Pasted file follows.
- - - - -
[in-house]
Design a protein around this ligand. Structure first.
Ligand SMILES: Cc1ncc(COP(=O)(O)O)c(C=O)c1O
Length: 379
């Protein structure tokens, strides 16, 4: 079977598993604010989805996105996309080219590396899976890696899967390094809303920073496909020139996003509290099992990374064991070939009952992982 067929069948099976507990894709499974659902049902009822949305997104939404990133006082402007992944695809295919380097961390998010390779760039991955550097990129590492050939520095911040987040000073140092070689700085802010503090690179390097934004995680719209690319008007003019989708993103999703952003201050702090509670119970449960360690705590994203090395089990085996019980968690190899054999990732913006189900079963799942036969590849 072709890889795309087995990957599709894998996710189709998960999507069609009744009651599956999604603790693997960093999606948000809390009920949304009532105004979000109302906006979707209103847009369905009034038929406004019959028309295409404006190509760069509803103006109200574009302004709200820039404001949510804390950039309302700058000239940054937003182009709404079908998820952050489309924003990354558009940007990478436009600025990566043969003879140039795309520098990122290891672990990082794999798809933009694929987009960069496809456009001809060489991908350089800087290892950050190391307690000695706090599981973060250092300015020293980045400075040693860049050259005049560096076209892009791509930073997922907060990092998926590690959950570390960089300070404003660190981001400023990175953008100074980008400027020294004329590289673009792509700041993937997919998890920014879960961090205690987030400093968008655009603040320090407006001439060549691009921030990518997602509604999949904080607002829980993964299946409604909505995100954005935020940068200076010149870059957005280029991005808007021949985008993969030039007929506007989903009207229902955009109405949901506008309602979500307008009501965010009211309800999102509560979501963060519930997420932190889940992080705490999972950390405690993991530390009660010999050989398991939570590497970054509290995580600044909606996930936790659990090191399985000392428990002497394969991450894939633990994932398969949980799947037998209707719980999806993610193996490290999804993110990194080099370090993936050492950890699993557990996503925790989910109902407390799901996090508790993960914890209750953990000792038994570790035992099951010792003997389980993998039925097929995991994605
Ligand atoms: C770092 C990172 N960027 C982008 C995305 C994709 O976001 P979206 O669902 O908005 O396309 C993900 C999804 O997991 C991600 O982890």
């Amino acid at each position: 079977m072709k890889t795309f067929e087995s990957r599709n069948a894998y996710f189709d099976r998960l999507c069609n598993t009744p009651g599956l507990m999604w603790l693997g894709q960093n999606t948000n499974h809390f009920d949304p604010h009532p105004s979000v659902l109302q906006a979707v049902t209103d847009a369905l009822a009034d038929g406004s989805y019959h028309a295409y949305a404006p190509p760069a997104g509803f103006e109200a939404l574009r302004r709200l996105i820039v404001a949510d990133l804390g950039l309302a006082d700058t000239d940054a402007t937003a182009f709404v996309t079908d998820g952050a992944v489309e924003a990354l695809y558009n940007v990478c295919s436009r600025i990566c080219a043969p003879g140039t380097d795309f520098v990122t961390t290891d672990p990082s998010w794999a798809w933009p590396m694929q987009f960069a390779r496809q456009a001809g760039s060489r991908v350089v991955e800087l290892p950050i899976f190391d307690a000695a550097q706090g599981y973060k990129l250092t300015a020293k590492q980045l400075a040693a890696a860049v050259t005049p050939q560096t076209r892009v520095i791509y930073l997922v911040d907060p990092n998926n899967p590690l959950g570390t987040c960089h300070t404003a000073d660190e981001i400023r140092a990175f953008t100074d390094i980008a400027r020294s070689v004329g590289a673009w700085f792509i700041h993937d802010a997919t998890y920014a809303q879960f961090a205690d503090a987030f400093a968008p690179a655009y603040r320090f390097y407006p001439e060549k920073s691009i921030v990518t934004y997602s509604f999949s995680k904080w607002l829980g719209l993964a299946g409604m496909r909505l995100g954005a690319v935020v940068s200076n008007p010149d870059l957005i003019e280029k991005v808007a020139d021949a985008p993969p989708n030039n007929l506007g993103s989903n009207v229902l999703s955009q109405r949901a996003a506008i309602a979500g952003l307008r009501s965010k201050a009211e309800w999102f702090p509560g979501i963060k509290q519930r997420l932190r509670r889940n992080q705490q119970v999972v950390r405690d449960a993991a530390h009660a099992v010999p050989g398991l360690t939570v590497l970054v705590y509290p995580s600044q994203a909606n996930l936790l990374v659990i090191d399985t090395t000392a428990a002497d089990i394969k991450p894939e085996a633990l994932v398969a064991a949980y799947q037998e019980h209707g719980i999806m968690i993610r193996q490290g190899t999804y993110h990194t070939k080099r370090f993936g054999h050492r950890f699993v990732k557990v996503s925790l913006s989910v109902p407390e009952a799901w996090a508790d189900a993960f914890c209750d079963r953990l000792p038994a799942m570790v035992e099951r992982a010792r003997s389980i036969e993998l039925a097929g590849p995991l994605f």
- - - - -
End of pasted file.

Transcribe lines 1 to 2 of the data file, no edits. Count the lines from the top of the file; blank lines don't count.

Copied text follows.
[in-house]
Design a protein around this ligand. Structure first.